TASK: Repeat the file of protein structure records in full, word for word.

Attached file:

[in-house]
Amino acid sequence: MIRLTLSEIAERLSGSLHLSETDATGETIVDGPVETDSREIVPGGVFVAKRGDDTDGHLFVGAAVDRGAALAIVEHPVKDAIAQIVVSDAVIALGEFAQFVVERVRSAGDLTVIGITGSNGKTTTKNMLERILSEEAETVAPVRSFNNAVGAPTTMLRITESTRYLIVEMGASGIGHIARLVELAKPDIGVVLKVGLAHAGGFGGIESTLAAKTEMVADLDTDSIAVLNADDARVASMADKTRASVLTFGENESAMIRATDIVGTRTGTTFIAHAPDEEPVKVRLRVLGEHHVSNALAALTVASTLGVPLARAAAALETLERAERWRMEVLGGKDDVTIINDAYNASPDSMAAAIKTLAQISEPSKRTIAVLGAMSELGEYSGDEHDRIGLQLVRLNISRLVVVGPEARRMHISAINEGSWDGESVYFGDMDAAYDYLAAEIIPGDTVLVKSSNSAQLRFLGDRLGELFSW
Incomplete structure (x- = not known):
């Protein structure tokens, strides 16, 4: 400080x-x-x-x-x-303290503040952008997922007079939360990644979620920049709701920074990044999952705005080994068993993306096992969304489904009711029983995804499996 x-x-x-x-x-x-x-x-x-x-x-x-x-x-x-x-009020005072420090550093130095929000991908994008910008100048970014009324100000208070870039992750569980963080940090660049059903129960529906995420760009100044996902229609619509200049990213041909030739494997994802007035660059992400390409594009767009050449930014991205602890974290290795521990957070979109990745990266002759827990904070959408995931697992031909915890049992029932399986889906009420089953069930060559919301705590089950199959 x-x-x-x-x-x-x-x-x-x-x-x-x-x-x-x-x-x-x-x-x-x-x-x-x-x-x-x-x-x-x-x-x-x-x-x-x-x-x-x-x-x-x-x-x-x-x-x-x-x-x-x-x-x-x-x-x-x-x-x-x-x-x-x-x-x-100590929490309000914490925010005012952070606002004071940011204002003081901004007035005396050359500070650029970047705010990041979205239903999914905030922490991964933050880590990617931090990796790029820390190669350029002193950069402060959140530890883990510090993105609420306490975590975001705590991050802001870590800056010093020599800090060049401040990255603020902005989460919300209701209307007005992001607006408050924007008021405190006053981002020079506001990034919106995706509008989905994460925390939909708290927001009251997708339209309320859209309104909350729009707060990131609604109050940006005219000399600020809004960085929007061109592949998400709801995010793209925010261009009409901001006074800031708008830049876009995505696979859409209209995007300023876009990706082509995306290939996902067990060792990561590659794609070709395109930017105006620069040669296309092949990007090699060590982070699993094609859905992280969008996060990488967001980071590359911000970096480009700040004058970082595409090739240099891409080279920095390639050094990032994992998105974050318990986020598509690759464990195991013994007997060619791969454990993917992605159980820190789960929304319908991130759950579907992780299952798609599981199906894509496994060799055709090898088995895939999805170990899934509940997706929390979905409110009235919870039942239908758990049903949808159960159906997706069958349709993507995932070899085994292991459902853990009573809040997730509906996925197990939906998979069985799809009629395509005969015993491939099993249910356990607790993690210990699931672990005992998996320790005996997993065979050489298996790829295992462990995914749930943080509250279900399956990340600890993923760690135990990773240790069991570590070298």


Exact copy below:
[in-house]
Amino acid sequence: MIRLTLSEIAERLSGSLHLSETDATGETIVDGPVETDSREIVPGGVFVAKRGDDTDGHLFVGAAVDRGAALAIVEHPVKDAIAQIVVSDAVIALGEFAQFVVERVRSAGDLTVIGITGSNGKTTTKNMLERILSEEAETVAPVRSFNNAVGAPTTMLRITESTRYLIVEMGASGIGHIARLVELAKPDIGVVLKVGLAHAGGFGGIESTLAAKTEMVADLDTDSIAVLNADDARVASMADKTRASVLTFGENESAMIRATDIVGTRTGTTFIAHAPDEEPVKVRLRVLGEHHVSNALAALTVASTLGVPLARAAAALETLERAERWRMEVLGGKDDVTIINDAYNASPDSMAAAIKTLAQISEPSKRTIAVLGAMSELGEYSGDEHDRIGLQLVRLNISRLVVVGPEARRMHISAINEGSWDGESVYFGDMDAAYDYLAAEIIPGDTVLVKSSNSAQLRFLGDRLGELFSW
Incomplete structure (x- = not known):
């Protein structure tokens, strides 16, 4: 400080x-x-x-x-x-303290503040952008997922007079939360990644979620920049709701920074990044999952705005080994068993993306096992969304489904009711029983995804499996 x-x-x-x-x-x-x-x-x-x-x-x-x-x-x-x-009020005072420090550093130095929000991908994008910008100048970014009324100000208070870039992750569980963080940090660049059903129960529906995420760009100044996902229609619509200049990213041909030739494997994802007035660059992400390409594009767009050449930014991205602890974290290795521990957070979109990745990266002759827990904070959408995931697992031909915890049992029932399986889906009420089953069930060559919301705590089950199959 x-x-x-x-x-x-x-x-x-x-x-x-x-x-x-x-x-x-x-x-x-x-x-x-x-x-x-x-x-x-x-x-x-x-x-x-x-x-x-x-x-x-x-x-x-x-x-x-x-x-x-x-x-x-x-x-x-x-x-x-x-x-x-x-x-x-100590929490309000914490925010005012952070606002004071940011204002003081901004007035005396050359500070650029970047705010990041979205239903999914905030922490991964933050880590990617931090990796790029820390190669350029002193950069402060959140530890883990510090993105609420306490975590975001705590991050802001870590800056010093020599800090060049401040990255603020902005989460919300209701209307007005992001607006408050924007008021405190006053981002020079506001990034919106995706509008989905994460925390939909708290927001009251997708339209309320859209309104909350729009707060990131609604109050940006005219000399600020809004960085929007061109592949998400709801995010793209925010261009009409901001006074800031708008830049876009995505696979859409209209995007300023876009990706082509995306290939996902067990060792990561590659794609070709395109930017105006620069040669296309092949990007090699060590982070699993094609859905992280969008996060990488967001980071590359911000970096480009700040004058970082595409090739240099891409080279920095390639050094990032994992998105974050318990986020598509690759464990195991013994007997060619791969454990993917992605159980820190789960929304319908991130759950579907992780299952798609599981199906894509496994060799055709090898088995895939999805170990899934509940997706929390979905409110009235919870039942239908758990049903949808159960159906997706069958349709993507995932070899085994292991459902853990009573809040997730509906996925197990939906998979069985799809009629395509005969015993491939099993249910356990607790993690210990699931672990005992998996320790005996997993065979050489298996790829295992462990995914749930943080509250279900399956990340600890993923760690135990990773240790069991570590070298």